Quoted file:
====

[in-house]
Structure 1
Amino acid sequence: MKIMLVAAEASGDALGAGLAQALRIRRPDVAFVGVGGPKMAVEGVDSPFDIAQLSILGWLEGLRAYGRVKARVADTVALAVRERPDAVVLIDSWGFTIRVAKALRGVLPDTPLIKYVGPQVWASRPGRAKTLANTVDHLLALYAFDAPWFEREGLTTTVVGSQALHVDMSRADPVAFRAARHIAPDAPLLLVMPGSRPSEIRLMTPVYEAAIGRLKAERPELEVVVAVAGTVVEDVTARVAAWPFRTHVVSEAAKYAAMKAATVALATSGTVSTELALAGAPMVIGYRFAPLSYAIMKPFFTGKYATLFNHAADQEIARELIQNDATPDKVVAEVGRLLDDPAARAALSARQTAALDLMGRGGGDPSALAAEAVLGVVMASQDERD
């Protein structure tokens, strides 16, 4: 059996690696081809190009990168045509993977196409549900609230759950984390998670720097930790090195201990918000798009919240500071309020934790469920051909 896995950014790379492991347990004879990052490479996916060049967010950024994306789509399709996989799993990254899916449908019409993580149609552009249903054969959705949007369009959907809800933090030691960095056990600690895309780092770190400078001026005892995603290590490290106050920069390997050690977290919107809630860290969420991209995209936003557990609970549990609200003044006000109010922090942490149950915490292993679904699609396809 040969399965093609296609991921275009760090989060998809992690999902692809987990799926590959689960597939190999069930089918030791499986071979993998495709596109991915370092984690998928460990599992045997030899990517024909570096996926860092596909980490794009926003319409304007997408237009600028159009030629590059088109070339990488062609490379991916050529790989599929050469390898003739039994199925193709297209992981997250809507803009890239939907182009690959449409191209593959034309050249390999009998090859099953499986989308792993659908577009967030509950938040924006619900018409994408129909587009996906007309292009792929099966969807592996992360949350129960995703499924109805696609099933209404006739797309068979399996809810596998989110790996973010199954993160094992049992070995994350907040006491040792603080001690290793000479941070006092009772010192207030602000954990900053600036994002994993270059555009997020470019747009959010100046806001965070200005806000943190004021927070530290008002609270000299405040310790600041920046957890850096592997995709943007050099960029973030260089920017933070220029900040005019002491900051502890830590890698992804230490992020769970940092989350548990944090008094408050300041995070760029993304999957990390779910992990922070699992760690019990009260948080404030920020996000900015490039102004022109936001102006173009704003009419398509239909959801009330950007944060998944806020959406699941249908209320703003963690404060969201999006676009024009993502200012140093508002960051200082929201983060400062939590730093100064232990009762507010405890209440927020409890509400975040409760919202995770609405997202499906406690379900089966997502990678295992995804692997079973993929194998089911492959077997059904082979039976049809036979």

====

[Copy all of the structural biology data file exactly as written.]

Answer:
[in-house]
Structure 1
Amino acid sequence: MKIMLVAAEASGDALGAGLAQALRIRRPDVAFVGVGGPKMAVEGVDSPFDIAQLSILGWLEGLRAYGRVKARVADTVALAVRERPDAVVLIDSWGFTIRVAKALRGVLPDTPLIKYVGPQVWASRPGRAKTLANTVDHLLALYAFDAPWFEREGLTTTVVGSQALHVDMSRADPVAFRAARHIAPDAPLLLVMPGSRPSEIRLMTPVYEAAIGRLKAERPELEVVVAVAGTVVEDVTARVAAWPFRTHVVSEAAKYAAMKAATVALATSGTVSTELALAGAPMVIGYRFAPLSYAIMKPFFTGKYATLFNHAADQEIARELIQNDATPDKVVAEVGRLLDDPAARAALSARQTAALDLMGRGGGDPSALAAEAVLGVVMASQDERD
């Protein structure tokens, strides 16, 4: 059996690696081809190009990168045509993977196409549900609230759950984390998670720097930790090195201990918000798009919240500071309020934790469920051909 896995950014790379492991347990004879990052490479996916060049967010950024994306789509399709996989799993990254899916449908019409993580149609552009249903054969959705949007369009959907809800933090030691960095056990600690895309780092770190400078001026005892995603290590490290106050920069390997050690977290919107809630860290969420991209995209936003557990609970549990609200003044006000109010922090942490149950915490292993679904699609396809 040969399965093609296609991921275009760090989060998809992690999902692809987990799926590959689960597939190999069930089918030791499986071979993998495709596109991915370092984690998928460990599992045997030899990517024909570096996926860092596909980490794009926003319409304007997408237009600028159009030629590059088109070339990488062609490379991916050529790989599929050469390898003739039994199925193709297209992981997250809507803009890239939907182009690959449409191209593959034309050249390999009998090859099953499986989308792993659908577009967030509950938040924006619900018409994408129909587009996906007309292009792929099966969807592996992360949350129960995703499924109805696609099933209404006739797309068979399996809810596998989110790996973010199954993160094992049992070995994350907040006491040792603080001690290793000479941070006092009772010192207030602000954990900053600036994002994993270059555009997020470019747009959010100046806001965070200005806000943190004021927070530290008002609270000299405040310790600041920046957890850096592997995709943007050099960029973030260089920017933070220029900040005019002491900051502890830590890698992804230490992020769970940092989350548990944090008094408050300041995070760029993304999957990390779910992990922070699992760690019990009260948080404030920020996000900015490039102004022109936001102006173009704003009419398509239909959801009330950007944060998944806020959406699941249908209320703003963690404060969201999006676009024009993502200012140093508002960051200082929201983060400062939590730093100064232990009762507010405890209440927020409890509400975040409760919202995770609405997202499906406690379900089966997502990678295992995804692997079973993929194998089911492959077997059904082979039976049809036979």